Ohio State head coach Thad Matta was asked specifically how this rule may effect his star point guard in Craft, who is widely regarded outside Matta’s program as one of the game’s biggest offenders when it comes to using his hands while playing defense. Matta said Craft hasn’t seem phased by the rule change, mainly because of his footwork while playing defense.
“He has got the ability laterally to really move,” Matta said. “He has got great lower body strength. He’s not a guy that grabs and holds because he’s always there with his feet. So I think he should be in pretty good shape.”
Another has to do with block/charge calls. The change with this is that now defenders must be in legal guarding position whenever a player begins an upward motion to either pass or shoot the ball. The intent here is to give officials enough time to look at both the offense and defense, so the correct call can be made whenever contact occurs.
Most coaches appear to be in favor of it, but are also in wait-and-see mode with the hope that the emphasis being placed on these rule changes remains sustained throughout the entire season. McCaffery said referees have actually been given an ultimatum this offseason to make these calls when they need to be applied or not find themselves working the NCAA Tournament next March.
McCaffery is among those in favor of the rule changes taking place. He described himself as an offensive guy and believes in theory these changes will be beneficial to his team.
“I think in theory, it will work,” McCaffery said. “In practicality, it may make the games long and grueling and it may have an adverse effect with regard to we’re trying to open up the game.
“Teams may have to play more zone because you have to protect your guys who are in foul trouble.”
The most vocal critic of the new rule changes was Purdue head coach Matt Painter. His concern lies with the number of foul calls in a game and how that could drag games out longer than need be, as well as limit the amount of minutes some of the league’s better players will be able to play.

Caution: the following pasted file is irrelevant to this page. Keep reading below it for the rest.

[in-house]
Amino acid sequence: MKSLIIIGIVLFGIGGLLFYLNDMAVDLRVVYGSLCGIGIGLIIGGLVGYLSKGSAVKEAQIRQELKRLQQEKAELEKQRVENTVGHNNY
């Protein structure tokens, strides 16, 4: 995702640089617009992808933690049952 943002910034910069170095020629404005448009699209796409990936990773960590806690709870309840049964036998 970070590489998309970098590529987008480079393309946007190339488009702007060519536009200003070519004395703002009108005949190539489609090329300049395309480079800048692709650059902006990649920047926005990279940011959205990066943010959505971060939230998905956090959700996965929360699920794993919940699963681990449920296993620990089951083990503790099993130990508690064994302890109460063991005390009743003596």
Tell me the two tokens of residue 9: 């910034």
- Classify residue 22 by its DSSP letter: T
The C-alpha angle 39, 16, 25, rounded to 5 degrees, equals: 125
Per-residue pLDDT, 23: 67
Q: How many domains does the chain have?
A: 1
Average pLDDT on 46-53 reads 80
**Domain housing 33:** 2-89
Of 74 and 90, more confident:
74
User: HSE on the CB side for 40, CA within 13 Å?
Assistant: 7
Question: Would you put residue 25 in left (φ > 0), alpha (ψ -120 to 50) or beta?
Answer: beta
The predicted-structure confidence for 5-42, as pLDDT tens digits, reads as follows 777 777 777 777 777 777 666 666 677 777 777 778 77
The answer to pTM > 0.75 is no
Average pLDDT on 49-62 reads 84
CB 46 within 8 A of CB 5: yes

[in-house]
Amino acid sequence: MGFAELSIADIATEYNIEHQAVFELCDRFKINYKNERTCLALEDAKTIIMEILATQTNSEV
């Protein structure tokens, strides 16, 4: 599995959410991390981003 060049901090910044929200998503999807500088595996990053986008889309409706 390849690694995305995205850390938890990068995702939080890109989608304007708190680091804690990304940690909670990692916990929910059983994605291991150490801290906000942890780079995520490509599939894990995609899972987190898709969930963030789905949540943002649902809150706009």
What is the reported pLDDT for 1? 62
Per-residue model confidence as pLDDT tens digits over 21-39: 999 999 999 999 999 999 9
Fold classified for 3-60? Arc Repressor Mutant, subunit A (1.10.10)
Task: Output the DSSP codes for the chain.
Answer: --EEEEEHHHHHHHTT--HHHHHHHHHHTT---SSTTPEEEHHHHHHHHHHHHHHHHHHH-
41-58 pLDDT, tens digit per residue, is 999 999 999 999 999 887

“If you’re telling me the way the games are going to be called in exhibition games are the way they’re going to call them in the Big Ten, we’re going to have a lot of good players watching basketball,” Painter said. “I think there’s a different way to increase scoring, if that’s what they’re trying to do.”
New coaches strengthening conference
The Big Ten saw two coaching changes take place during the offseason and both new members of the league’s coaching fraternity bring serious pedigree.
Chris Collins — the son of former NBA head coach Doug Collins — enters his first season as Northwestern’s head coach, replacing Bill Carmody. Meanwhile at Minnesota, Richard Pitino — the son of Louisville head coach Rick Pitino — has taken the helm of the Golden Gophers after Tubby Smith was fired last spring.
For Collins, this is his first head coaching gig at the collegiate level after the former Duke guard served as an assistant at his alma mater for Mike Krzyzewski. Not only does he have the challenge of coaching at a program such as Northwestern, who has never reached the NCAA tournament, but also the challenge of coaching away from what current Wildcat players had become accustomed to under Carmody with running the Princeton Offense.
While he wants to have his system in place, Collins acknowledged there would be components of what Northwestern did before staying a part of its team for now.
“We’re trying to implement some new things, but also stay true to some of the things maybe that have been good for some of these players,” Collins said. “So I think it will be a little bit of a mixture of both here in this first year.”
As for Pitino, he does have prior head coaching experience to build off, but not quite at this level. He spent last season as the head coach at FIU before filling the Minnesota vacancy. Before that, he served as an assistant for his father at Louisville and also at Florida under its current head coach, Billy Donovan.
Pitino mentioned how he doesn’t want his team to play slow, adding that conditioning has been critical this offseason. One such example he gave was with current Gopher player Maurice Walker, who has lost 50 pounds and now weighs at 260. He also has found himself being able to fit in despite the prior unfamiliarity he had with the conference.
“I’m the young guy in the league, one of the youngest guys out there,” Pitino said. “[The other Big Ten coaches have] been very receptive to me. They’ve given me great advice and been guys I can lean on, which is nice to see.”